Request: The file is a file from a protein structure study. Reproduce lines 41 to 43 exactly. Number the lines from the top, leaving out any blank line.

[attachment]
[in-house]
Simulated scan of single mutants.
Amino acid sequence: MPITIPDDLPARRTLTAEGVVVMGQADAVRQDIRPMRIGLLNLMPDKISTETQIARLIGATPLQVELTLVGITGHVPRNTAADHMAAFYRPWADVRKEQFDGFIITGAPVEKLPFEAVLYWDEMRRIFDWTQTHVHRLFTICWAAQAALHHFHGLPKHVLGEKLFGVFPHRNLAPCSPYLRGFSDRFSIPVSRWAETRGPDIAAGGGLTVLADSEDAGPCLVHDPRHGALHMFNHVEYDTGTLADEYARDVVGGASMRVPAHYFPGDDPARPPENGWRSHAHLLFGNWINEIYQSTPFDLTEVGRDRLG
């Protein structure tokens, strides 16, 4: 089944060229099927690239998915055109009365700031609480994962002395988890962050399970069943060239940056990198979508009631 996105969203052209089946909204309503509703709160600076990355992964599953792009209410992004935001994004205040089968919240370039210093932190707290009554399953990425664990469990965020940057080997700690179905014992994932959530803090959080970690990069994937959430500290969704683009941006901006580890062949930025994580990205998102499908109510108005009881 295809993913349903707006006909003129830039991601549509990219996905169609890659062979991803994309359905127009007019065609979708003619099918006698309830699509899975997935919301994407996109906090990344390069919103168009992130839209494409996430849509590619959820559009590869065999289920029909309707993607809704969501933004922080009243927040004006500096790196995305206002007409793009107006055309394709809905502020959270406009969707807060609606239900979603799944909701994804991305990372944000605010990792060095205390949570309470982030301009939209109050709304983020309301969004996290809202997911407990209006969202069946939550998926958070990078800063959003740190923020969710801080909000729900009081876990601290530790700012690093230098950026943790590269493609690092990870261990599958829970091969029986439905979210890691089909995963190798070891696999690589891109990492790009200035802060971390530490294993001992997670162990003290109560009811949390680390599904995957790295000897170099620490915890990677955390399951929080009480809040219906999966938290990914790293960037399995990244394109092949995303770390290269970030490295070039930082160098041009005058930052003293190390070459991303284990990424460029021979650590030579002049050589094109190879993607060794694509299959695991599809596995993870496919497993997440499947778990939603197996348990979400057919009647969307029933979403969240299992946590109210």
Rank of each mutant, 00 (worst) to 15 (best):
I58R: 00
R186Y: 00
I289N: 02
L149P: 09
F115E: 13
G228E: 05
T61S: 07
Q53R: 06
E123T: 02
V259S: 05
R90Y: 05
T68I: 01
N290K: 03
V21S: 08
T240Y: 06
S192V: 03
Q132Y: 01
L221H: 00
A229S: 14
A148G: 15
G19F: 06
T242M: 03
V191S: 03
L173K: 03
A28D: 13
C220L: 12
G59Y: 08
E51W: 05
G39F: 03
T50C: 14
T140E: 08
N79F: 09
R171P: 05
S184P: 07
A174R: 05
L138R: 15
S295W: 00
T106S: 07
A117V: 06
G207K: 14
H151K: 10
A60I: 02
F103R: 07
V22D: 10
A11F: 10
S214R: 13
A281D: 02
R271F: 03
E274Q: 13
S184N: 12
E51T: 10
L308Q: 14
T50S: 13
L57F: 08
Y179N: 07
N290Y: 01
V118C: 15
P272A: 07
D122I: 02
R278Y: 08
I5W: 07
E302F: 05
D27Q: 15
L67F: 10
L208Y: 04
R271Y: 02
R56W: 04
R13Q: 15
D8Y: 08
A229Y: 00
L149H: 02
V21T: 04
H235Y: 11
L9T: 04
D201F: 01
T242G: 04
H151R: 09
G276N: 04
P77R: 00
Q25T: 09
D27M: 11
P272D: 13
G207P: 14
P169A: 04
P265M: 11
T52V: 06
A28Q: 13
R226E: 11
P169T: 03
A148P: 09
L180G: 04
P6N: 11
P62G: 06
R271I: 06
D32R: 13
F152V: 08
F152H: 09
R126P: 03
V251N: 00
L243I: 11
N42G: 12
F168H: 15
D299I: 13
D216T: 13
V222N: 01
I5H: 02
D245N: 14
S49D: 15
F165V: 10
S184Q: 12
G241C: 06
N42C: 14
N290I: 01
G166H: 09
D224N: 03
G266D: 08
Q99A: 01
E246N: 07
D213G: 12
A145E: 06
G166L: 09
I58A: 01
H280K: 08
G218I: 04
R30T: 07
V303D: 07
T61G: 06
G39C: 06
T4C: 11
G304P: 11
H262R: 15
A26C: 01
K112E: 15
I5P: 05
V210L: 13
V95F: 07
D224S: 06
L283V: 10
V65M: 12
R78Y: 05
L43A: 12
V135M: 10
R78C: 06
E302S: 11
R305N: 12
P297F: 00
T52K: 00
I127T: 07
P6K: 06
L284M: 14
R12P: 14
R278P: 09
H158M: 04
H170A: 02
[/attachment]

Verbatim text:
L138R: 15
S295W: 00
T106S: 07